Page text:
More sobering still, the number of years we can expect to spend without a disabling illness continues to decline – it is now 62.4 years for men and 60.9 years for women. Despite these statistics, cohousing in Britain is still in its infancy. Nearly 20 years after the UK’s first new-build scheme, Springhill, an intergenerational development, opened in Stroud, there are still only 302 homes in 12 new-build communities up and running.

We go on a tour of the site with another resident, Hilary Vernon-Smith, 72. With her lemon-yellow trainers and geometric haircut, she looks every inch the working artist and, in fact, her flat doubles as a studio. Before retirement, she was the head scenic artist at the National Theatre for 28 years. Gesturing towards the central oval lawn, she explains how the women worked closely with the site’s architects. “Research indicates that the dementia-affected brain responds more positively to curves and gets confused by dead-ends, so that was taken into consideration.”

The laid-back vibe means you could be forgiven for underestimating the power of this group. But turning the vision of New Ground into a reality took 18 years of intensive development, education, networking and many, many meetings. Maria Brenton is UK Cohousing Network’s senior ambassador and was instrumental in facilitating New Ground in 1998. “The women who started this were adamant that they didn’t want to sit in a day-room singing Daisy Daisy and Pack Up Your Troubles for the rest of their lives,” she says. “We were fiercely opposed to the ageism and paternalism, the infantilisation of older people by social care services.”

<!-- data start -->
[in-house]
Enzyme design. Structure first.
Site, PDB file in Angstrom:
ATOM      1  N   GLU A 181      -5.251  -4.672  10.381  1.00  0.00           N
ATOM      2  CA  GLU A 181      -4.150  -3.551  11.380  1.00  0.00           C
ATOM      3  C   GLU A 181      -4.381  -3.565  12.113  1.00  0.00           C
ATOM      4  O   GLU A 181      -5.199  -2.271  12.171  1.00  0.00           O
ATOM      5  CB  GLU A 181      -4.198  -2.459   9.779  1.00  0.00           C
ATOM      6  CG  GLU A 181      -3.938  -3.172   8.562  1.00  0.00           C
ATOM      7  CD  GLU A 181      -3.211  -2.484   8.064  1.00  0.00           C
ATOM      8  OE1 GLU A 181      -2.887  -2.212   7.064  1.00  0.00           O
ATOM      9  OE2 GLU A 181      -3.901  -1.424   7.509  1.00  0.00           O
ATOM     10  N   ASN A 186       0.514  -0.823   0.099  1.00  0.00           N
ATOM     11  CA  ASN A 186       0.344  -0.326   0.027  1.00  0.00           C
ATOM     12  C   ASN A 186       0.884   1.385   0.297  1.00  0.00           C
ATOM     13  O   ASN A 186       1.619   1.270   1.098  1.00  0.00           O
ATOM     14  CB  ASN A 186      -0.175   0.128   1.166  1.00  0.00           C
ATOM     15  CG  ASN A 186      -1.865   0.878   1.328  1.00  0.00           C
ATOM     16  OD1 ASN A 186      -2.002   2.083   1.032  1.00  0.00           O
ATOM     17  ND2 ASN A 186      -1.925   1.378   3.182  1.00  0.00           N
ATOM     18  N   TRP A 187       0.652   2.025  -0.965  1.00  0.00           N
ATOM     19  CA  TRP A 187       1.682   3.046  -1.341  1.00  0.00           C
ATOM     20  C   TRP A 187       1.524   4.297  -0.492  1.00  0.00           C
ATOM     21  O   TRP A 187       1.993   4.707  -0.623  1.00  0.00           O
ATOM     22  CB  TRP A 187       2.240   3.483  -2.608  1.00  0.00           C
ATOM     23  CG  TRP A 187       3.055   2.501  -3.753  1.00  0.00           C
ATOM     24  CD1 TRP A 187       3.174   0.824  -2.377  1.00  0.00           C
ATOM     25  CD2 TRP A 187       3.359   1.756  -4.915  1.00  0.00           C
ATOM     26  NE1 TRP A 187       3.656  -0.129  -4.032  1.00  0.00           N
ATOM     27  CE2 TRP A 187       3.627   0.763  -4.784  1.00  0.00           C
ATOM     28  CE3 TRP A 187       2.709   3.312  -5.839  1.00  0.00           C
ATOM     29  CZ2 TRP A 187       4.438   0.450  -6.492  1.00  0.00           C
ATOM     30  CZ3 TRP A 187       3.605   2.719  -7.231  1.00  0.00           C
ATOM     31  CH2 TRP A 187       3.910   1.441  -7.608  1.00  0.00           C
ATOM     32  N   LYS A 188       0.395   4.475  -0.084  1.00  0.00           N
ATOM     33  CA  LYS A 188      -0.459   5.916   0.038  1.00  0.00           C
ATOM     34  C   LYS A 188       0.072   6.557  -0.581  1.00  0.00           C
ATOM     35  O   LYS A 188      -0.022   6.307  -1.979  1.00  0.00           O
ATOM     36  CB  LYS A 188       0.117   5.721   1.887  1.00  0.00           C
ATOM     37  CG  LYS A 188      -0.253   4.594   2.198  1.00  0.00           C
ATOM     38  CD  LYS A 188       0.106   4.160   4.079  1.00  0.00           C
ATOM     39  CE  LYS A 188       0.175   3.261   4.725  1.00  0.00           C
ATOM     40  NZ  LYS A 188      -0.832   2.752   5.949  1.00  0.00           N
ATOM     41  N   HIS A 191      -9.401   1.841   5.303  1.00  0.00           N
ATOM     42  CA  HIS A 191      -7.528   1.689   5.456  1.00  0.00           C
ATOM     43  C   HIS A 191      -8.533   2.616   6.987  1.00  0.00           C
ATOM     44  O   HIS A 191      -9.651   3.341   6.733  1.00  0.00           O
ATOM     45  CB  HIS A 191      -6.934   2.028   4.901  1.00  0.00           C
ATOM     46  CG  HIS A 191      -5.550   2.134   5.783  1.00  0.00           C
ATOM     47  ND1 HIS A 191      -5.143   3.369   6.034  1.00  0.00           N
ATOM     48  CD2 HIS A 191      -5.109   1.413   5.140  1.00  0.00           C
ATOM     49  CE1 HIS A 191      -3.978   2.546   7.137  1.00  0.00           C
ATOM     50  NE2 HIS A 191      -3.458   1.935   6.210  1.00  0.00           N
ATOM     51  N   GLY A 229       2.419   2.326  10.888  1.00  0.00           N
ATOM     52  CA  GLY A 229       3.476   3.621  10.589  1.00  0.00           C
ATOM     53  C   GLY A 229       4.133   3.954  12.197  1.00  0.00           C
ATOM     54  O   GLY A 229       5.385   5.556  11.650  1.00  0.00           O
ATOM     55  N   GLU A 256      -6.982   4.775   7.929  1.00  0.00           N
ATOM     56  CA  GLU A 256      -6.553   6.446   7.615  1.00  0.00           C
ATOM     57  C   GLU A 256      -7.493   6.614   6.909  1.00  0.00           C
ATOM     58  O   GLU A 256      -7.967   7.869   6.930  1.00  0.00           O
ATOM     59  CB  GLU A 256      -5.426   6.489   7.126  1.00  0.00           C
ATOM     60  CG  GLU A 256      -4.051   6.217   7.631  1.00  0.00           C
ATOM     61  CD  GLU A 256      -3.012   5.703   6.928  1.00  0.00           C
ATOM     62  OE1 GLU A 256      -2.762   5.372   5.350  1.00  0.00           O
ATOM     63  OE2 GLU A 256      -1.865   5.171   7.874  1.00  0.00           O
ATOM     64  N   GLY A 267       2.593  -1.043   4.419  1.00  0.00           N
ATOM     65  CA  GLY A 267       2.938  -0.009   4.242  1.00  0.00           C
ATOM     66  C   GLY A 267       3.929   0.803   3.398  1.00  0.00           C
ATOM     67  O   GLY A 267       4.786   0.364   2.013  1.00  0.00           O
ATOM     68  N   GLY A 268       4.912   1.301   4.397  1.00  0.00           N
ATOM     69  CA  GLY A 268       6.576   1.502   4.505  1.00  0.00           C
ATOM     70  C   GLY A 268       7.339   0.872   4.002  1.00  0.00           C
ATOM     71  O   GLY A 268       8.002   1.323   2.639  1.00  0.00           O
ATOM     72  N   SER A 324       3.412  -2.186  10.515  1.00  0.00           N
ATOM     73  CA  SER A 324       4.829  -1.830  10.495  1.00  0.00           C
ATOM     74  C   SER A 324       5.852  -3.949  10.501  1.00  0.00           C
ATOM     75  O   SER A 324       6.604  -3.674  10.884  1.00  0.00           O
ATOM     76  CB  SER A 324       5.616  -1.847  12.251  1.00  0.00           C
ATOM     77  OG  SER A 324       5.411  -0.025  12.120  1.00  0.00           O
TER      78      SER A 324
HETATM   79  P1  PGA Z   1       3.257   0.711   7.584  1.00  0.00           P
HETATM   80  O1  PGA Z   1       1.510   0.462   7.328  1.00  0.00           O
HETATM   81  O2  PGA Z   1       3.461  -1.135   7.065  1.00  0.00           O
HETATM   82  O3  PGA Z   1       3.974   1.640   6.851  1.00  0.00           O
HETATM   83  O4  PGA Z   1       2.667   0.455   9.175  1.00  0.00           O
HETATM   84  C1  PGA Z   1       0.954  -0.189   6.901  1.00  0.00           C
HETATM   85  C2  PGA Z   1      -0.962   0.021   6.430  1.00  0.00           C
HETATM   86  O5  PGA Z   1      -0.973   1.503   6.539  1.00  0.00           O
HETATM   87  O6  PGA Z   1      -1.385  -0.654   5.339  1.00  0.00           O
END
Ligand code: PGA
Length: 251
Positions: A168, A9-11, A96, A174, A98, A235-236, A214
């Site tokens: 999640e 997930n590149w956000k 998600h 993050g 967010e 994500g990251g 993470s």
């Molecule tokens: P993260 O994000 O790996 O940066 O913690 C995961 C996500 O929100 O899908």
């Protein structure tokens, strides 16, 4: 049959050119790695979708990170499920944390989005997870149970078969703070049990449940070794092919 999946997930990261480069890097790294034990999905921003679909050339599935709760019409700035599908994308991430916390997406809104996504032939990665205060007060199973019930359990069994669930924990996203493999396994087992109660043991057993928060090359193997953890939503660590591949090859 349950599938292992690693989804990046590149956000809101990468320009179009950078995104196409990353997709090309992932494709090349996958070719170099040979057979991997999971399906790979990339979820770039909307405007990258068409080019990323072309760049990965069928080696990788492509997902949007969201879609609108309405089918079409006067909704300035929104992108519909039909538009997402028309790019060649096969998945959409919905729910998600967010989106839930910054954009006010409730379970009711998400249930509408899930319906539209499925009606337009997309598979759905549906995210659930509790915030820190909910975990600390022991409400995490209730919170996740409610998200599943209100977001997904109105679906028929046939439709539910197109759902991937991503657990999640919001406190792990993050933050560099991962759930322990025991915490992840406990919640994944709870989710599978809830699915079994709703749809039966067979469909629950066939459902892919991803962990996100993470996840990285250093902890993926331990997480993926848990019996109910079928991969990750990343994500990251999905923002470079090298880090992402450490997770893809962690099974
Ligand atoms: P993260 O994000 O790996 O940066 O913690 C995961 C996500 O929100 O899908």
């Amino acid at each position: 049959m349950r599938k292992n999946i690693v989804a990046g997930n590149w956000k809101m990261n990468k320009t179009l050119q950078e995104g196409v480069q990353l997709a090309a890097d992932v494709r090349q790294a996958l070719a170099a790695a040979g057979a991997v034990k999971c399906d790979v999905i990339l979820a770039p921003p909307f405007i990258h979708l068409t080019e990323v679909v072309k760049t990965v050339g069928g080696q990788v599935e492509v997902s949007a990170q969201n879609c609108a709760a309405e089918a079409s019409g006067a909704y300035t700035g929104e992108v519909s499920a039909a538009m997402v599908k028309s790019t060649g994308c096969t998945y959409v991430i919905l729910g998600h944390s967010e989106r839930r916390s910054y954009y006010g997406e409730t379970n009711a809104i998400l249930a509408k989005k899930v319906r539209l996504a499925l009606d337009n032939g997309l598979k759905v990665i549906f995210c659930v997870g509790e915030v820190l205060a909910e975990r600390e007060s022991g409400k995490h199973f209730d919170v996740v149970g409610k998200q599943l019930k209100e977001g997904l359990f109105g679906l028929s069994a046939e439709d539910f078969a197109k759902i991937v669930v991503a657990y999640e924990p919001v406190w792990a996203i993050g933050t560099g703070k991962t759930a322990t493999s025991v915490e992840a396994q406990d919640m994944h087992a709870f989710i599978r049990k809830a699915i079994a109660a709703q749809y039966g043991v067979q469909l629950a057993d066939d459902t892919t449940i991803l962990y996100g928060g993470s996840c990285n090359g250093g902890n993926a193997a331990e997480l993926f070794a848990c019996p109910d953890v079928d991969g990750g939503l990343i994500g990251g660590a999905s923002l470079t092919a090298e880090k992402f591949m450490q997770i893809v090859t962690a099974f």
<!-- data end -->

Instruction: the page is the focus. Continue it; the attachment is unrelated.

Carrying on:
“For me, living in cohousing makes sense but it certainly isn’t for everyone,” she says. “Making decisions together can be quite hard. However, we gave up a house to live in a two-bedroom flat and it really doesn’t feel like we’ve sacrificed anything.”

Mellis Haward, director of Archio Architects, has led many cohousing projects, including Angel Yard (all these sites have storybook names), a developing scheme in Norwich. “For so long we have all been slaves to the housing market and it’s really hard to create intentionally cohesive communities within that. People who are attracted to cohousing usually want purposeful closeness to their neighbors as a big part of their lives. It’s not just about alleviating loneliness – it allows people to become part of an ecosystem of families and individuals.”

Haward believes there needs to be a shift in approach to enable more cohousing to happen quickly because there is interest out there but demand isn’t being met. She suggests that a potential ray of hope may come from an unlikely quarter – mega-developers. “A trend is emerging for developers to build cohousing as an add-on to an existing project.” Have they all suddenly woken up to the benefits of the sharing economy? Maybe not. “I strongly suspect it’s because they know they can quickly shift those homes in advance. There are a large number of people in the cohousing network looking for homes right now. It’s an easy sell. Or maybe they do care about shared values? Maybe I’m just a massive cynic.”

Source: The Guardian